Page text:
My open blog for people who want to read my books,articles, and any other things that I might produce, keep track of storytelling engagements, listen to my less demented rantings, and generally play nice (or naughty, I'm easy... as is widely known).
On Saturday 6th October at 7.30pm I am hosting an event based around the seven deadly sins, held at Oddfellows Hall in Ipswich. It will be a combination of mythological stories from around the world and narrative poems inspired by ancient myth bringing the Seven Deadly Sins to life. The stories are intended for an adult audience (parental discretion advised if you wish to bring children). Tickets are £5, with any profits going towards The Dogs Trust and the UK Wolf Trust (advanced booking required). King of Cups will be selling alcoholic and soft refreshments during the intermissions.
Given the size of the hall numbers have to be limited, so this is a ticketed event rather.
To reserve tickets please contact firstname.lastname@example.org
I don't know whether this podcast will be of the remotest interest to the people who attend to this blog (all three of you), but I created it as a supplemental guide for students on the Legal Ethics module for the Ethics degree at the University I teach in. It's a consideration of what the function of law is - part of the module explores functionalist issues in this regards, and I appreciate this podcast might be a bit disjointed for anyone who doesn't have that background context. However, the lightning quick gloss is that - in most legal systems both modern and ancient - the law is punitive. An act is outlawed by the legislature (Parliament in our case) and a punishment dreamed up for it to discourage people from engaging in the criminalised activity. That's not the only function of law, but most theorists would argue it is the central one.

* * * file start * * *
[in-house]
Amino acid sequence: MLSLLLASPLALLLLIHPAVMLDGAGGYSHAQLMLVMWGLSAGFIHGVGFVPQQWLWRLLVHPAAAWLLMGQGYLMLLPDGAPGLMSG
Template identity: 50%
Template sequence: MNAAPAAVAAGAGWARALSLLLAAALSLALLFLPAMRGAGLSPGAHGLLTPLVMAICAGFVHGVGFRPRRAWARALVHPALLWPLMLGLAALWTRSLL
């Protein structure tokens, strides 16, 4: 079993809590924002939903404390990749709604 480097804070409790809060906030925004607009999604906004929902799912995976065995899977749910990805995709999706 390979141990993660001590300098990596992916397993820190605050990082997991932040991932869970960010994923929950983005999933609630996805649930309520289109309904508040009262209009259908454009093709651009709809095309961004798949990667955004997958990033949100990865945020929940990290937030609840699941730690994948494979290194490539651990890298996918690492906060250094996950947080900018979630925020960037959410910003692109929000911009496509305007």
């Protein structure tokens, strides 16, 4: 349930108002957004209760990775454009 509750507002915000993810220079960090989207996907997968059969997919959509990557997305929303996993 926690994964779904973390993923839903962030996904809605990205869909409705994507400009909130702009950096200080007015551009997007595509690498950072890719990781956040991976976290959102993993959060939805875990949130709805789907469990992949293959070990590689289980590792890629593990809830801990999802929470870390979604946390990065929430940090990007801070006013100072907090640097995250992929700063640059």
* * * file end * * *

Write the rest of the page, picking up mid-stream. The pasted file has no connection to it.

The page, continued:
I've been following some of the arguments made by people around banning parents smacking their children (laws are already in…
Some time ago I posted about the early Catholic thinking on the sin of invidia (these days called envy) and its background in earlier Roman philosophy. To briefly recap, the sin of invidia from a Catholic stance is to place our resentment that others have something which we do not above and beyond a somewhat Panglossian faith in God to make the absence of the desired-for thing worth enduring. The earlier view emphasised that this was not simply a matter of brooding self-pityingly on what the lucky swine next door has, but the active wish to deprive them of it ~ the caustic view that if I cannot have a thing then nobody else should have it either.
Nietzsche's take on envy was sightly different, in that he saw it as a more noble form of honesty although one with numerous pitfalls. Nobody has everything they want and we should aspire to be honest when we see someone with a possession, a relationship, a skill or personal quality that we would dearly like but cannot (yet) have. For hi…
This is the promised tale of Vertumnus and Pomona, the Roman deities of autumn and apple trees respectively, and featuring the tale-within-the-tale of the gentle Iphis and the haughty Anaxarete. As the story suggests, it is never wise to annoy Venus - as Hippolytus learned with Aphrodite, there are some goddesses who refuse to take no for an answer.
Following a short holiday in Sicily (beautiful place, though I felt like I was holidaying in an oven and must have sweated several pounds off - especially when we went to see the amazing amphitheatres at Siracusa),
I thought I'd record a reflection on the Medusa and her deadly gaze. Her severed head appears in the centre of the trinacria, a popular symbol of the island formed from three conjoined legs (just like the symbol of the Isle of Man). Oddly there are no surviving myths linking Medusa to Sicily, though presumably such must have existed at some point to result in the iconography.
The waffle I have recorded below explores some ideas philosophical and some psychological in connection with this mysterious power to turn other people into solid stone and different ways to understand the imagery of the mythology.